It’s 5:30 a.m. and faxes and e-mails are coming in nonstop. A maintenance worker hauls fresh chocolate cookies off a truck while another stacks endless pairs of non-leather shoes into a wooden shelf. Piles of white paper and blue pens have been set on every one of the 30 tables here since 3:00 Thursday at Ohel Chabad-Lubavitch, a center in Cambria Heights, N.Y., abutting the Old Montefiore Cemetery and the resting places of the Sixth Lubavitcher Rebbe, Rabbi Yosef Yitzchak Schneersohn, of righteous memory, and his son-in-law and successor, the Rebbe, Rabbi Menachem M. Schneerson, of righteous memory.

The preparations are being carried out in order to welcome the throngs of people from around the world who are flocking here tonight and Friday in honor of the 10th day of the Hebrew month of Shevat, the anniversary of the Sixth Rebbe’s passing in 1950 and the ascendancy of the Rebbe to the leadership of Chabad-Lubavitch.

At any hour on practically any day besides the Sabbath and Jewish holidays, you can see college students, young professionals, Israeli backpackers in blue jeans, fervently religious women, rabbis, and even a politician or two crouched around tables at the Ohel’s visitor’s center, writing down prayer requests and the challenges they may be facing in life on small sheets of paper. In keeping with Jewish custom dealing with visiting the resting places of the righteous, many will take off their leather shoes and head down a stone path to the structure surrounding the Rebbes’ side-by-side resting places. Inside, they’ll pray to the Almighty and read their notes before tearing them into pieces and scattering them on the ground.

It’s the closest, many say, today’s generation can get to the private audiences both Rebbes held in their offices in years past.

“The Rebbe lived a life of holiness, a life grounded in spirituality,” explains Rabbi Sholom Ber Lipskar, spiritual leader of the Shul of Bal Harbour, Fla. “That’s what people connected to. After his passing, soul-connections continue to form.”

And for those study the Rebbe’s teachings, adds Lipskar, visiting the Ohel “is actually the climax of a continuous relationship with the Rebbe. It’s an educational process.”

The Rebbe often prayed at his father-in-law’s resting place, sometimes multiple times in one week. It was there that the Rebbe fervently read thousands of notes that people from all walks of life sent in to him, praying for them and sharing their joys, troubles, and requests.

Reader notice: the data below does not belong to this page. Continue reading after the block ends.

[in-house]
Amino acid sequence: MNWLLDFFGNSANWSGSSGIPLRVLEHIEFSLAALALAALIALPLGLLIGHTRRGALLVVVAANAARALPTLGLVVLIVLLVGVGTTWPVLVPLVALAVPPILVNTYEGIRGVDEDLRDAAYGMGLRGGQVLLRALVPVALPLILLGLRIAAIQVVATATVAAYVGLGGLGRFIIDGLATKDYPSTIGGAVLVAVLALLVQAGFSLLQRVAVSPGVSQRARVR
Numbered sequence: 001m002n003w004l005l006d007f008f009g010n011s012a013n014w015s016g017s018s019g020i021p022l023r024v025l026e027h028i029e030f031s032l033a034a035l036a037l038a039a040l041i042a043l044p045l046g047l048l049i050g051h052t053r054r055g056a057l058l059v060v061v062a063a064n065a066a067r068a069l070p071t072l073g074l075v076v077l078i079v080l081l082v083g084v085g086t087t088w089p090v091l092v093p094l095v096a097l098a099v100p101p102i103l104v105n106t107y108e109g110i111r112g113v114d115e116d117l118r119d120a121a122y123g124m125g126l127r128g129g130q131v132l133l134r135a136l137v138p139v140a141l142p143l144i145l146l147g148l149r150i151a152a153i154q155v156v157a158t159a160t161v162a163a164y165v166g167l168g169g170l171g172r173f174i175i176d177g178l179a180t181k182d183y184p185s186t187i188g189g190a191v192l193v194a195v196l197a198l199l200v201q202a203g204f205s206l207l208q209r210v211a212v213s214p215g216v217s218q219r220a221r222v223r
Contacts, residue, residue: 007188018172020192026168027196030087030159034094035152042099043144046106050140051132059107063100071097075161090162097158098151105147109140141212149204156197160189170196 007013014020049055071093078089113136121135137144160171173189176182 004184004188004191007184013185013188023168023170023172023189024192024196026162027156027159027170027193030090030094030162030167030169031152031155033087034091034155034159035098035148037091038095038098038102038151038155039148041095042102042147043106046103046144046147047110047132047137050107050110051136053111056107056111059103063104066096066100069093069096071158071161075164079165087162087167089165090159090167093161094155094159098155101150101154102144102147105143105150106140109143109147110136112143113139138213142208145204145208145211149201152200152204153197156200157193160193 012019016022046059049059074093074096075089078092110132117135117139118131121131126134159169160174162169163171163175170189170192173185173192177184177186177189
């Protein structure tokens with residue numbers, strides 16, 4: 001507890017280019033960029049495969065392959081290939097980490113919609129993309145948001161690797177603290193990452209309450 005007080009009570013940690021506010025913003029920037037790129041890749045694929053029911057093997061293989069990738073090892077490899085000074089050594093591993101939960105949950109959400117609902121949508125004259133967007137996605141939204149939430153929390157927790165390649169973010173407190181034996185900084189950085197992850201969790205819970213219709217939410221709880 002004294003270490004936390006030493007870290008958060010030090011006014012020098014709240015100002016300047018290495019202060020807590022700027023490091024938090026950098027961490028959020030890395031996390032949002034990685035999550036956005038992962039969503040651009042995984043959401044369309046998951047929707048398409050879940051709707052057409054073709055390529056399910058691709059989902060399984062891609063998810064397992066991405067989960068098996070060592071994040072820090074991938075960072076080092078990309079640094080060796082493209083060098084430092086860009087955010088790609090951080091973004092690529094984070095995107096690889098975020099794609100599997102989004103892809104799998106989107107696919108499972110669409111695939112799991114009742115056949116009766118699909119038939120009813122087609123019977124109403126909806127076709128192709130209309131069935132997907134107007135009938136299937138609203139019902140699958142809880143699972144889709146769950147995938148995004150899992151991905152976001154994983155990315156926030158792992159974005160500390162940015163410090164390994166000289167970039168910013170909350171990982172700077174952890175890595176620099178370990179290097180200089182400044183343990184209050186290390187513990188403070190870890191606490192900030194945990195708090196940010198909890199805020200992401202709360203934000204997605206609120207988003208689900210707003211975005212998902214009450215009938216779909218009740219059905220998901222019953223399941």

“Writing the letter is not only the time for asking for blessings,” says Ari Eliefija of Coral Springs, Fla. “It’s a time to also report about all the good things that happened during the year and the good things I’m trying to do in my life. It’s an opportunity to give thanks and to make resolutions.”

Eliefija first went to the Ohel in 1988, before the Rebbe passed away. And he counts his most-memorable visit to the Rebbe’s resting place as the time he went in 2000 on the occasion of one son’s Bar Mitzvah.

On Friday, Eliefija will arrive at the Ohel with Chabad of Coral Springs director Rabbi Yossie Denburg and a group of fellow congregants. They’ll stay there through the Sabbath, sleeping in two homes near the visitor’s center and eating meals with hundreds of others who are similarly staying through the weekend.

“I’ve never gone as part of a group before,” he says. “The Ohel will have a lot less distractions than you usually have on a typical Sabbath. There will be a different routine where I can concentrate purely on connecting with G‑d. I think it will be inspiring.”

Miami television reporter Rosh Lowe is a frequent visitor of the Ohel.
Miami television reporter Rosh Lowe is a frequent visitor of the Ohel.

Rosh Lowe, a veteran Miami reporter for the WSVN television station, was introduced to the Rebbe in 1987.

“The Rebbe brought the concept of G‑d into my home,” he says.

Years later, after graduating from the Colombia School of Journalism, Lowe found his first news casting job in Naples, Fla. Although he enjoyed his new job, Lowe lamented that there was little religious presence in Naples.

“I wanted to move to a more substantial Jewish community to raise my children,” he says.

Lowe’s father went to the Ohel asking for a blessing so that his son could find a job opportunity near a Jewish community. Against all odds, Lowe was asked to join the team at WSVN, an incredible leap up from his second-tier station in Naples.

“But the connection didn’t end there,” says Lowe.

His wife had suffered through three miscarriages. Four months into a fourth pregnancy, the doctor observed that the baby had just one artery in its umbilical cord and explained that the condition could lead to growth retardation or another miscarriage.

“The next morning I took a flight to the Ohel and wrote a long letter begging for a healthy baby,” says Lowe.

Lowe resolved to inspire Jews all over the world if only the baby would be born healthy. Five months later, in a complication-free delivery, Lowe’s son, Yeshaya, was born at a healthy eight pounds.

Every day, Lowe thanks G‑d for the gift of his healthy baby boy. And since Yeshaya’s miraculous birth, Lowe has been speaking at Chabad Houses, motivating others to create stronger connections with their own Judaism.

“The Rebbe’s leadership continues,” says Lowe. “I’m a big believer that when you attach yourself to a righteous person, miracles can happen. I’ve see that in my own life.”